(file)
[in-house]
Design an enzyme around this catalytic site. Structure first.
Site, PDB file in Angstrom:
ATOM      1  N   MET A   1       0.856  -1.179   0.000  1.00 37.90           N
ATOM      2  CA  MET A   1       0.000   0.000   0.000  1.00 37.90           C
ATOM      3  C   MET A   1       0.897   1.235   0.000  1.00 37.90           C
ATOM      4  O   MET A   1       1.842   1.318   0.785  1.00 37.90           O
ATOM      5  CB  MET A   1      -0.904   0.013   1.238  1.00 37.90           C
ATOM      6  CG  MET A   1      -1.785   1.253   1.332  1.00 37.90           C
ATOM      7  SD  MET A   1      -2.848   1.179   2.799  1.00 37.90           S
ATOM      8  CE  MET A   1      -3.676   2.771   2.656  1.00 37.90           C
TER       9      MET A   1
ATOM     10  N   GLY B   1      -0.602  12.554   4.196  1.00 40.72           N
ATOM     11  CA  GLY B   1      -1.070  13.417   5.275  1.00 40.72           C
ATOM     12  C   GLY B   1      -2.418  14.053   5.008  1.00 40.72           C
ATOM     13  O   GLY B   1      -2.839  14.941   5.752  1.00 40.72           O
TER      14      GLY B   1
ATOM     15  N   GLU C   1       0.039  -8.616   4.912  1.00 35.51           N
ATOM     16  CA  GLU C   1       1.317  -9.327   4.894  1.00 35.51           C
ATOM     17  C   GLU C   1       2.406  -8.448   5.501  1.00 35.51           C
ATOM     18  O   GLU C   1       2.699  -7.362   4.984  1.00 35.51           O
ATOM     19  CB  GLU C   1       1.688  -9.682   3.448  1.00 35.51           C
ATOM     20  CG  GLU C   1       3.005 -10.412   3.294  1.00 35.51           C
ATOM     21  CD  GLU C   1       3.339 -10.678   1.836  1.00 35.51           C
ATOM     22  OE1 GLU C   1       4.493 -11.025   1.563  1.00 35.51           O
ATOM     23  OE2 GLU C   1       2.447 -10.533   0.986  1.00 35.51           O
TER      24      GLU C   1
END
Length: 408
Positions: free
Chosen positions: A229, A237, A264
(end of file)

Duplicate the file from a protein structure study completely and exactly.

[in-house]
Design an enzyme around this catalytic site. Structure first.
Site, PDB file in Angstrom:
ATOM      1  N   MET A   1       0.856  -1.179   0.000  1.00 37.90           N
ATOM      2  CA  MET A   1       0.000   0.000   0.000  1.00 37.90           C
ATOM      3  C   MET A   1       0.897   1.235   0.000  1.00 37.90           C
ATOM      4  O   MET A   1       1.842   1.318   0.785  1.00 37.90           O
ATOM      5  CB  MET A   1      -0.904   0.013   1.238  1.00 37.90           C
ATOM      6  CG  MET A   1      -1.785   1.253   1.332  1.00 37.90           C
ATOM      7  SD  MET A   1      -2.848   1.179   2.799  1.00 37.90           S
ATOM      8  CE  MET A   1      -3.676   2.771   2.656  1.00 37.90           C
TER       9      MET A   1
ATOM     10  N   GLY B   1      -0.602  12.554   4.196  1.00 40.72           N
ATOM     11  CA  GLY B   1      -1.070  13.417   5.275  1.00 40.72           C
ATOM     12  C   GLY B   1      -2.418  14.053   5.008  1.00 40.72           C
ATOM     13  O   GLY B   1      -2.839  14.941   5.752  1.00 40.72           O
TER      14      GLY B   1
ATOM     15  N   GLU C   1       0.039  -8.616   4.912  1.00 35.51           N
ATOM     16  CA  GLU C   1       1.317  -9.327   4.894  1.00 35.51           C
ATOM     17  C   GLU C   1       2.406  -8.448   5.501  1.00 35.51           C
ATOM     18  O   GLU C   1       2.699  -7.362   4.984  1.00 35.51           O
ATOM     19  CB  GLU C   1       1.688  -9.682   3.448  1.00 35.51           C
ATOM     20  CG  GLU C   1       3.005 -10.412   3.294  1.00 35.51           C
ATOM     21  CD  GLU C   1       3.339 -10.678   1.836  1.00 35.51           C
ATOM     22  OE1 GLU C   1       4.493 -11.025   1.563  1.00 35.51           O
ATOM     23  OE2 GLU C   1       2.447 -10.533   0.986  1.00 35.51           O
TER      24      GLU C   1
END
Length: 408
Positions: free
Chosen positions: A229, A237, A264